Recently one of my coachees, whom I am supervising, asked me the following question; ‘Why Gestalt?’ Two words that evoke many possible responses, and as I clarified what she was asking I uncovered an inquiry into my philosophical and methodological foundations. I have become so used to gestalt in my work that for me it has become the very ground in which I work and the way in which I endeavour to live my professional and personal life.
The question has prompted me to provide a slightly wider view of my practice and to write a short history of how I came to make gestalt figural in my practice.
The roots of my interest in Gestalt go back to when I first started studying adult learning and education. During these years I read about the psychological theories and approaches to learning, the cognitive, behaviourist and neo-behaviourist schools. Gestalt was the one approach that resonated more fully with me. I learned much from the other theories and consider they have an important part to play in our thinking about adult learning.
However, Gestalt is interested in the whole person and in this approach I began to understand that the whole person is much more than the sum of their different parts. My view then and now is that including our mind and thinking, our behaviours, beliefs, the physical aspects of our body, our emotions and sensations make for a wider more encompassing territory for the facilitator, coach and organisational consultant to explore. It is a bit like learning about the whole system rather than focusing on one or two departments within the system.
This early interest had grown through my professional work as an educationalist into a philosophical belief that I work with to support me to fully live my personal life and professional practice in action. Gestalt for me provides an essential arena in which creative and systemic approaches can be sued to develop healthy relationships with my clients and the participants with whom I work.
The core idea of relationship is at the heart of Gestalt and is a key part of the practices of developing awareness and making contact with each other as human beings who cohabit on planet Earth.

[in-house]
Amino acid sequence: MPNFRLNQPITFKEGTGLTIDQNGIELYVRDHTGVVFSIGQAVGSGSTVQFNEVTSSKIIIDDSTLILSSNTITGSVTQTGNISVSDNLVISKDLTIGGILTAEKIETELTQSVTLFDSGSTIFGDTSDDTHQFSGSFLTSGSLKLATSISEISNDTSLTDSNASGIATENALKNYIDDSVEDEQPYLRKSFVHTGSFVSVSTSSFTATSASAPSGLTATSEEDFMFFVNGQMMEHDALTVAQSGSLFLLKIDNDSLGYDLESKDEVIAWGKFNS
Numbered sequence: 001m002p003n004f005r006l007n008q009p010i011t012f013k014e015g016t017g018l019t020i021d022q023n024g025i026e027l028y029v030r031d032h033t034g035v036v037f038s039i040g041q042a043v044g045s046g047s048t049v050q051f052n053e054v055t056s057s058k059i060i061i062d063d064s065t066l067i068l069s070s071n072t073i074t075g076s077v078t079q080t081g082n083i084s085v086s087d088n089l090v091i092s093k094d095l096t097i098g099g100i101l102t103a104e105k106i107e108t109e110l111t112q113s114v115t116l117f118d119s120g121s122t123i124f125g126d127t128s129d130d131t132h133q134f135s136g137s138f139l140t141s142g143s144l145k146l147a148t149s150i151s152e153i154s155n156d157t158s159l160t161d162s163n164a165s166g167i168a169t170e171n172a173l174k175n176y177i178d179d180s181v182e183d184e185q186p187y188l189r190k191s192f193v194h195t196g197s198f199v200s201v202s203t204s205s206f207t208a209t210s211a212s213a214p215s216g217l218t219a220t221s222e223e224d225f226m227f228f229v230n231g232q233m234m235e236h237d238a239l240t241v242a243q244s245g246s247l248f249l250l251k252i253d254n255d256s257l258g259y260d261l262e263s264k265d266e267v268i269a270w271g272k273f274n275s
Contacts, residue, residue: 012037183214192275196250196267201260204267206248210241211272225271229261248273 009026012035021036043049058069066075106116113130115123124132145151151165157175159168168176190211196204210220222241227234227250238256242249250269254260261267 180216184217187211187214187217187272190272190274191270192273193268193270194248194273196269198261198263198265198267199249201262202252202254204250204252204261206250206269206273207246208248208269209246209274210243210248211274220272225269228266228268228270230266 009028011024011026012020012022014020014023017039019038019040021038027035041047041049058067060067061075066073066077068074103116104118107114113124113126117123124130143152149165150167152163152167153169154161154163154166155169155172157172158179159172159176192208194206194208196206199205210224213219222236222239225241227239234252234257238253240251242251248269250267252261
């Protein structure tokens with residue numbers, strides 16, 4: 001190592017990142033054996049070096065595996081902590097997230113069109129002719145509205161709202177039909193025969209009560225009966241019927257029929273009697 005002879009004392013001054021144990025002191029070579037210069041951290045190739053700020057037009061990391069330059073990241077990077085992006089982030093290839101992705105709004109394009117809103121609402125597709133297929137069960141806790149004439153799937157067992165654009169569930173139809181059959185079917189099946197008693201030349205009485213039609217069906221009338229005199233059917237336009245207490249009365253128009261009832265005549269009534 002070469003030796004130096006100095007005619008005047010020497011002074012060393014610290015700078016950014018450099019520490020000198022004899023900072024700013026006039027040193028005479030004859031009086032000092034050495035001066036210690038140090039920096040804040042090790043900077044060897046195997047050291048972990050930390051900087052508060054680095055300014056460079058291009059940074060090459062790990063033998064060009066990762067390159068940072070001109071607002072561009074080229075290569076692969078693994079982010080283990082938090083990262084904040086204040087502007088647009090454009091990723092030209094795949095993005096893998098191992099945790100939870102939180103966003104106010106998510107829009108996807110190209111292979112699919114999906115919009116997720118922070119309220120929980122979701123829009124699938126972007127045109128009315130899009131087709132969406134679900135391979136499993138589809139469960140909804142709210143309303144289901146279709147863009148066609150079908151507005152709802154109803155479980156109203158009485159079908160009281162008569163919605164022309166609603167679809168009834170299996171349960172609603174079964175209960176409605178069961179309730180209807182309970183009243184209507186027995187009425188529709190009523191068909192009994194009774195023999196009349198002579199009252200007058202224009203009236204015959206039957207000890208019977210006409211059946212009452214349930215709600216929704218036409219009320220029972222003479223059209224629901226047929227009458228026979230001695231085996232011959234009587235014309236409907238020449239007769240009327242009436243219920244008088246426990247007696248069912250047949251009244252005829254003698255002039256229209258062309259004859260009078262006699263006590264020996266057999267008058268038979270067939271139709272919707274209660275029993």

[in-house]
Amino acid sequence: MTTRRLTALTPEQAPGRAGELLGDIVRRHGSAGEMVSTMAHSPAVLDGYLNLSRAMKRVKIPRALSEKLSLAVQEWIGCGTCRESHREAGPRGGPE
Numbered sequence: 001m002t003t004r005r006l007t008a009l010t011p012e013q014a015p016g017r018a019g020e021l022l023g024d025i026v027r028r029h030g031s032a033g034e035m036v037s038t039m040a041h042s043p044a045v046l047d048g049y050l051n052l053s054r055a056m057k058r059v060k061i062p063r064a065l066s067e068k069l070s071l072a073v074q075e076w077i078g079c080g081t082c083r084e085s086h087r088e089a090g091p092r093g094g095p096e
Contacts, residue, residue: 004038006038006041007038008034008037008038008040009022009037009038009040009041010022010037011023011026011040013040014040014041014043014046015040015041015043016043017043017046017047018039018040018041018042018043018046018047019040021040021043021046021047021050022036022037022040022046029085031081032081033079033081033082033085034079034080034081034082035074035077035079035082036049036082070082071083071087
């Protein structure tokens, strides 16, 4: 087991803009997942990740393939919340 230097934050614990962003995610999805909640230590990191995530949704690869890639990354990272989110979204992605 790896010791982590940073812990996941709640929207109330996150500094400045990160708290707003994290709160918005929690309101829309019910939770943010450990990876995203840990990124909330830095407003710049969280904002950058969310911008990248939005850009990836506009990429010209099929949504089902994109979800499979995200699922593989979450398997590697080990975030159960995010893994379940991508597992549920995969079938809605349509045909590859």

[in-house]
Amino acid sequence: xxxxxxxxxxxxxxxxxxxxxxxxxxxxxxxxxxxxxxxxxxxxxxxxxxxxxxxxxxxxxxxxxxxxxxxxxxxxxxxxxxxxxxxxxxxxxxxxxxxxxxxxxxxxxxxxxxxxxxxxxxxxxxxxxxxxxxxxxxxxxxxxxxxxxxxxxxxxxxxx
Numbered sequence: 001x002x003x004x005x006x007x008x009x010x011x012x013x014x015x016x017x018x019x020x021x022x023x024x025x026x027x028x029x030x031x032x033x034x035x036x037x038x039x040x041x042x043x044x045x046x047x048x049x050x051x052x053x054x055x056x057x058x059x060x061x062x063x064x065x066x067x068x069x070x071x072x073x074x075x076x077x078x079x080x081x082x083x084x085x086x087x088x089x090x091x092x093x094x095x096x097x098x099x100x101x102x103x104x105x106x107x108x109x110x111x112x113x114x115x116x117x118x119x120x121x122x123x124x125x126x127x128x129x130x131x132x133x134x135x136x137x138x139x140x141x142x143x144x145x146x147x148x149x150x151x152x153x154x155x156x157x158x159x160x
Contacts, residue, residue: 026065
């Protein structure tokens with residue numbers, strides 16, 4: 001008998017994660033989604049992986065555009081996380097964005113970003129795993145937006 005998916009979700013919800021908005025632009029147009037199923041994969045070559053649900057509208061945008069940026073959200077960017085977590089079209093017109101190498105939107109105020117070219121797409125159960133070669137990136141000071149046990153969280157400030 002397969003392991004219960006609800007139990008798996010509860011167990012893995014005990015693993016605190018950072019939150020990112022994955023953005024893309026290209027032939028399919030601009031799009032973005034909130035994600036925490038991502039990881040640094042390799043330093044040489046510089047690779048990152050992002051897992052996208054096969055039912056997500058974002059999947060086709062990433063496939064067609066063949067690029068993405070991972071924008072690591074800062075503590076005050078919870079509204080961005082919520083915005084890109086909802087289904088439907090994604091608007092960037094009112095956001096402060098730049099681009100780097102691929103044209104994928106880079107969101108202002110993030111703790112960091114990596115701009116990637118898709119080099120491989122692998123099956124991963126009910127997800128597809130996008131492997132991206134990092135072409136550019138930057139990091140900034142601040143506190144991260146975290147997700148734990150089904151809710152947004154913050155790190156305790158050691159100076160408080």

Alongside of gestalt my development as an educationalist, facilitator, coach and organisational consultant has been specifically influenced by the writings of Paulo Freire. In his seminal book ‘Pedagogy of the Oppressed’ he offers this thought piece.
Gestalt is an approach that seeks to promote autonomous living and the idea of people working as free agents in their own lives seems to me to be the ideal of coaching, facilitation and consulting. How often do we ask if what we do as professionals promotes client freedom or accidently inhibits them into conformity? Some conformity we argue is essential in order to survive in today’s modern world. How will we ever transform our world if our thinking is blocked by our assumptions about conformity?Freire’s approach of listening to people’s stories and then working from their lived reality corresponds with an inquiry approach taken in Gestalt and in my approach to my professional work. Finding out where the client is and then working from that place has always been exciting and stimulating, even if at times, it can be very uncomfortable to share the client’s realities.
As my work has progressed I have been drawn towards the supervision, coaching and facilitation of practitioners, who want to extend their current approaches and develop themselves as people as well as professionals. My career has spanned the National Health Service in the UK, independent practice as a consultant, facilitator and coach. Over five years ago I moved to Singapore and have recently been asked to set up personal and professional development programmes here in Asia.